DARMSTADT, a city of Germany, capital of the grand-duchy of Hesse-Darmstadt, on a plain gently sloping from the Odenwald to the Rhine, 21 m. by rail S.E. from Mainz and 17 m. S. from Frankfort-on-Main. Pop. (1905) 83,000. It is the residence of the grand-duke and the seat of government of the duchy. Darmstadt consists of an old and a new town, the streets of the former being narrow and gloomy and presenting no attractive features. The new town, however, which includes the greater part of the city, contains broad streets and several fine squares. Among the latter is the stately Luisenplatz, on which are the house of parliament, the old palace and the post office, and in the centre of which is a column surmounted by the statue of the grand-duke Louis I., the founder of the new town. The square is crossed by the Rhein-strasse, the most important thoroughfare in the city, leading directly from the railway station to the ducal palace. This last, a complex of buildings, dating from various centuries, but possessing few points of special interest, is surrounded by grounds occupying the site of the old moat. Opposite to it, on the north side, and adjoining the pretty palace gardens, are the court theatre and the armoury, and a little farther west the handsome buildings of the new museum, erected in 1905 and containing the valuable scientific and art collections of the state, which were formerly housed in the palace: a library of 600,000 volumes and 4000 MSS., a museum of Egyptian and German antiquities, a picture gallery with masterpieces of old German and Dutch schools, a natural history collection and the state archives. To the right of the entrance to the palace gardens is the tomb of the “great landgravine,” Caroline Henrietta, wife of the landgrave Louis IX., surmounted by a marble urn, the gift of Frederick the Great of Prussia, bearing the inscription femina sexu, ingenio vir. To the south of the castle lies the old town, with the market square, the town hall (lately restored and enlarged) and the town church. Of the eight churches (seven Evangelical) only the Roman Catholic is in any way imposing. There are two synagogues. The town possesses a technical high school, having (since 1900) power to confer the degree of doctor of engineering, and attended by about 2000 students, two gymnasia, a school of agriculture, an artisans’ school and a botanical garden. The chemist, Justus von Liebig, was born in Darmstadt in 1803. Among the chief manufactures are the production of machinery, carpets, playing cards, chemicals, tobacco, hats, wine and beer.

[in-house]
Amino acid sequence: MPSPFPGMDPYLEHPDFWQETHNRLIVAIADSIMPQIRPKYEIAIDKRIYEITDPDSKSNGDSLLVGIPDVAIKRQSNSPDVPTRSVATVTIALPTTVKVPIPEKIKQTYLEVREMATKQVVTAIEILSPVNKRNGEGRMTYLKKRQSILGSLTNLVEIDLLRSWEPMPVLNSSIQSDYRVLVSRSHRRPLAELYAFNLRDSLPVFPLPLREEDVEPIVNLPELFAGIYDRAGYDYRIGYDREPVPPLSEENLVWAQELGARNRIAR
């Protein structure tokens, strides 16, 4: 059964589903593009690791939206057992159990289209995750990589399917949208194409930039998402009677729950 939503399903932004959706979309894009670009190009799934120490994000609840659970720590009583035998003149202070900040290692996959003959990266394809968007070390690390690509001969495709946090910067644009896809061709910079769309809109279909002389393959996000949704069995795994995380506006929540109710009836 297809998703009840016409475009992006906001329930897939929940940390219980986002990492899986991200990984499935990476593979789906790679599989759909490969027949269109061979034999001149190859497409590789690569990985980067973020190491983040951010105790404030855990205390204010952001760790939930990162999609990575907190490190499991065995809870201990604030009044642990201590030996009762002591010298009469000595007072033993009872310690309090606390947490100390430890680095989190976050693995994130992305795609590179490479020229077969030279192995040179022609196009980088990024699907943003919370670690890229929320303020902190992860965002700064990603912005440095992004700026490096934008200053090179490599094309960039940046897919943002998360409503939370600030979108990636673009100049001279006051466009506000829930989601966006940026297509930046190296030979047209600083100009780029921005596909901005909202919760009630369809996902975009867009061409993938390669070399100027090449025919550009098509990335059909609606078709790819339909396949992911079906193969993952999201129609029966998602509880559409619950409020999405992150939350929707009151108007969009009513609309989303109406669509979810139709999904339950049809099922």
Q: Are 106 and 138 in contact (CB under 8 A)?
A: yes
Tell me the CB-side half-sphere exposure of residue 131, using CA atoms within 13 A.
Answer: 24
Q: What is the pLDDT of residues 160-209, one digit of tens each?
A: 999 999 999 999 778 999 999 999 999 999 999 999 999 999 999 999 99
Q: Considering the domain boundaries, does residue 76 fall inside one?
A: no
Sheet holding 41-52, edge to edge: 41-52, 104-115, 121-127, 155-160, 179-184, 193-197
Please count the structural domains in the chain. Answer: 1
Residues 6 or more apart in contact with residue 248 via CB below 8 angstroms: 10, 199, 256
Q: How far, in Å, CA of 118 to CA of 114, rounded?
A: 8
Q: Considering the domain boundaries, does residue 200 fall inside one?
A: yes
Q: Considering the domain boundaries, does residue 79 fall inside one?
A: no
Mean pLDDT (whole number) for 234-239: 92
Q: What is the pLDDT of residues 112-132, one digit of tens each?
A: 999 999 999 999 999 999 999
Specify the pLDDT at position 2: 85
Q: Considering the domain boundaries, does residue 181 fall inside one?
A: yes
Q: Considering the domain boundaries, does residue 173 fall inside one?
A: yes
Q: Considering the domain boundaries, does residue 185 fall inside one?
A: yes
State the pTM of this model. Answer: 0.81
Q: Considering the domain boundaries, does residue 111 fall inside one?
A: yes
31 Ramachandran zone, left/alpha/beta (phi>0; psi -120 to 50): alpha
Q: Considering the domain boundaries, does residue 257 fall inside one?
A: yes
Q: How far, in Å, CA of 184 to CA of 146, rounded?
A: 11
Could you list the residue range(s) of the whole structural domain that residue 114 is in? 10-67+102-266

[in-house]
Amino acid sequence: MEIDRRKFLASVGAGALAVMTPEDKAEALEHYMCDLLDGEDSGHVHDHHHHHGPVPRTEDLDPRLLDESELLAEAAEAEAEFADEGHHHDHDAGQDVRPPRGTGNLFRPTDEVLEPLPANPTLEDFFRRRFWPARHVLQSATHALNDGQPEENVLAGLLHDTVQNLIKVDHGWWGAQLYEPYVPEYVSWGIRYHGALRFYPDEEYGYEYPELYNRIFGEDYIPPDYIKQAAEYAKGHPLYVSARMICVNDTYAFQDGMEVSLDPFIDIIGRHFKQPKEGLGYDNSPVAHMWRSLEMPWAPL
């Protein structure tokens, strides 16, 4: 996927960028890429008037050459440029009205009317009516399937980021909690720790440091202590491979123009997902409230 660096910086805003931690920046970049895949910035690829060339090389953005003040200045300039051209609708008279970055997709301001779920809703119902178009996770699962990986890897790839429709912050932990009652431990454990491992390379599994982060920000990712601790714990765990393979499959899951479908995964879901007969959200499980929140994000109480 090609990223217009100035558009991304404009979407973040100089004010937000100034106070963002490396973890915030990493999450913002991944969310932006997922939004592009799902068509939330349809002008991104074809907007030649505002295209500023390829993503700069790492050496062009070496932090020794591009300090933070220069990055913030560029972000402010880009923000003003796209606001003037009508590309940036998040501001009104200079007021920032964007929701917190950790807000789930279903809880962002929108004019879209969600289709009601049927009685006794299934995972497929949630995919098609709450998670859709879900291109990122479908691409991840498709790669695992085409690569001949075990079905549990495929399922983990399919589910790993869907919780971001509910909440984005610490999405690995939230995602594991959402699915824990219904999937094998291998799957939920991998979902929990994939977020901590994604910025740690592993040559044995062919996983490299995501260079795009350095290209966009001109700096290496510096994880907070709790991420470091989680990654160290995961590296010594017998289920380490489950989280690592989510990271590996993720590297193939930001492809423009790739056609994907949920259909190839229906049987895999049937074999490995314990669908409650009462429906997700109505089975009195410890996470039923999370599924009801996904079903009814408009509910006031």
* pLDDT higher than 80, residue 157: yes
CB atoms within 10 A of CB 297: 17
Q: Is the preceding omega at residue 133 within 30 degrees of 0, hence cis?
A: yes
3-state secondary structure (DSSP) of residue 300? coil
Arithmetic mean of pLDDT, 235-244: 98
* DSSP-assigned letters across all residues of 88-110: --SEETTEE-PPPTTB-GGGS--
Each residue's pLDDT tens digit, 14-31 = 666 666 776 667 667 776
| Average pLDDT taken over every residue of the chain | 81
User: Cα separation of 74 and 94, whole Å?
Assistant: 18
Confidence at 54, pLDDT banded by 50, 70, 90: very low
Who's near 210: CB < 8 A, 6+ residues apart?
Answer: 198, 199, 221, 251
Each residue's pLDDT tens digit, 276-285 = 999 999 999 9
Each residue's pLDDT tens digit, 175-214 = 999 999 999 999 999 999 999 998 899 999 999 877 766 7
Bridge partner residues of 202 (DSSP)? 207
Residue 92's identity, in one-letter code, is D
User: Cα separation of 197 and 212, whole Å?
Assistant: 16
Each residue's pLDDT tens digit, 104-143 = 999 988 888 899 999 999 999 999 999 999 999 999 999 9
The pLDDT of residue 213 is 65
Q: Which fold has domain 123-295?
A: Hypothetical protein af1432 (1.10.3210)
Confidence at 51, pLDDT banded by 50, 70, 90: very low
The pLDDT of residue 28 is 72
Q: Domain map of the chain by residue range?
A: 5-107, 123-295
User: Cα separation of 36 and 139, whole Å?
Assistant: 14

The surroundings of Darmstadt are attractive and contain many features of interest. To the east of the town lies the Mathildenhöhe, formerly a park and now converted into villa residences. Here are the Alice hospital and the pretty Russian church, built (1898–1899) by the emperor Nicholas II. of Russia in memory of the empress Maria, wife of Alexander II. In the vicinity is the Rosenhöhe, with the mausoleum of the ducal house, with the tomb of the grand-duchess Alice, daughter of Queen Victoria of England.
Darmstadt is mentioned in the 11th century, but in the 14th century it was still a village, held by the counts of Katzenelnbogen. It came by marriage into the possession of the house of Hesse in 1479, the male line of the house of Katzenelnbogen having in that year become extinct. The imperial army took it in the Schmalkaldic War, and destroyed the old castle. In 1567, after the death of Philip the Magnanimous, his youngest son George received Darmstadt and chose it as his residence. He was the founder of the line of Hesse-Darmstadt. Its most brilliant days were those of the reign of Louis X. (1790–1830), the first grand-duke, under whom the new town was built.
See Walther, Darmstadt wie es war und wie es geworden (Darms. 1865); and Zernin und Wörner, Darmstadt und seine Umgebung (Zürich, 1890).